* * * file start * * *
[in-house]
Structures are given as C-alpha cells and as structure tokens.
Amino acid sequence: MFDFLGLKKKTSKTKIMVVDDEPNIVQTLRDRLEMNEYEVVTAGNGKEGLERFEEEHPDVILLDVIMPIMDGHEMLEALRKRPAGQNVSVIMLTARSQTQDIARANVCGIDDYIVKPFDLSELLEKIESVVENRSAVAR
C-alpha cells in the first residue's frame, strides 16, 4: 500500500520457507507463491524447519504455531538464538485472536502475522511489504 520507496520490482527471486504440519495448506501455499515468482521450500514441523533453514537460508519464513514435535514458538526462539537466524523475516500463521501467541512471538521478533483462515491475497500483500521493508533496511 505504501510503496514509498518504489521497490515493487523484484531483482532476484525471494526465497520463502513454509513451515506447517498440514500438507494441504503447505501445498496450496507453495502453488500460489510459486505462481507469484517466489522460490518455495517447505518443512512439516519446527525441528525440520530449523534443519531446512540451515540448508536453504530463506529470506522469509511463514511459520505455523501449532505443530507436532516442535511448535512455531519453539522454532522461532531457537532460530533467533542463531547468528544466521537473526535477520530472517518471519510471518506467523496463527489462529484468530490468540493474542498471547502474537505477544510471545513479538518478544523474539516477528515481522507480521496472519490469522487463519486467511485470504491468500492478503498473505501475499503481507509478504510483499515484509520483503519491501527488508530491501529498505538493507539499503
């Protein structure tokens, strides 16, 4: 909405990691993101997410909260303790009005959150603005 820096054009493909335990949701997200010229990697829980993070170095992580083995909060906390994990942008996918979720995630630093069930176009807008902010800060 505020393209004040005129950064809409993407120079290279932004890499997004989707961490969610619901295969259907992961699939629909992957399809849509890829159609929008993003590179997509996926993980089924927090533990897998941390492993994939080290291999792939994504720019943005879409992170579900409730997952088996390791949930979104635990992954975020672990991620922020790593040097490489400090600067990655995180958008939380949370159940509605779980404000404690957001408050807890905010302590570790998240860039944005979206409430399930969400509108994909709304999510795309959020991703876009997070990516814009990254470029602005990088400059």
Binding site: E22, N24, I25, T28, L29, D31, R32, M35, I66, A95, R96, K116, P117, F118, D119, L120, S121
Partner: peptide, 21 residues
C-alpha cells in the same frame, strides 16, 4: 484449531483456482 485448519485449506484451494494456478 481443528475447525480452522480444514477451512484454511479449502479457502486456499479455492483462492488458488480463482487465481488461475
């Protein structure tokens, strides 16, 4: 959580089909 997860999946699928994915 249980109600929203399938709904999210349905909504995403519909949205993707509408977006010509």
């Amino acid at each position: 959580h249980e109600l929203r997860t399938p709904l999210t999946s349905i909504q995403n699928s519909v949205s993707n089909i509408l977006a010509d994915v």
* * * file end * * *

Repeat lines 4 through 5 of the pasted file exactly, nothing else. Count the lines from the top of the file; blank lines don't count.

C-alpha cells in the first residue's frame, strides 16, 4: 500500500520457507507463491524447519504455531538464538485472536502475522511489504 520507496520490482527471486504440519495448506501455499515468482521450500514441523533453514537460508519464513514435535514458538526462539537466524523475516500463521501467541512471538521478533483462515491475497500483500521493508533496511 505504501510503496514509498518504489521497490515493487523484484531483482532476484525471494526465497520463502513454509513451515506447517498440514500438507494441504503447505501445498496450496507453495502453488500460489510459486505462481507469484517466489522460490518455495517447505518443512512439516519446527525441528525440520530449523534443519531446512540451515540448508536453504530463506529470506522469509511463514511459520505455523501449532505443530507436532516442535511448535512455531519453539522454532522461532531457537532460530533467533542463531547468528544466521537473526535477520530472517518471519510471518506467523496463527489462529484468530490468540493474542498471547502474537505477544510471545513479538518478544523474539516477528515481522507480521496472519490469522487463519486467511485470504491468500492478503498473505501475499503481507509478504510483499515484509520483503519491501527488508530491501529498505538493507539499503
């Protein structure tokens, strides 16, 4: 909405990691993101997410909260303790009005959150603005 820096054009493909335990949701997200010229990697829980993070170095992580083995909060906390994990942008996918979720995630630093069930176009807008902010800060 505020393209004040005129950064809409993407120079290279932004890499997004989707961490969610619901295969259907992961699939629909992957399809849509890829159609929008993003590179997509996926993980089924927090533990897998941390492993994939080290291999792939994504720019943005879409992170579900409730997952088996390791949930979104635990992954975020672990991620922020790593040097490489400090600067990655995180958008939380949370159940509605779980404000404690957001408050807890905010302590570790998240860039944005979206409430399930969400509108994909709304999510795309959020991703876009997070990516814009990254470029602005990088400059």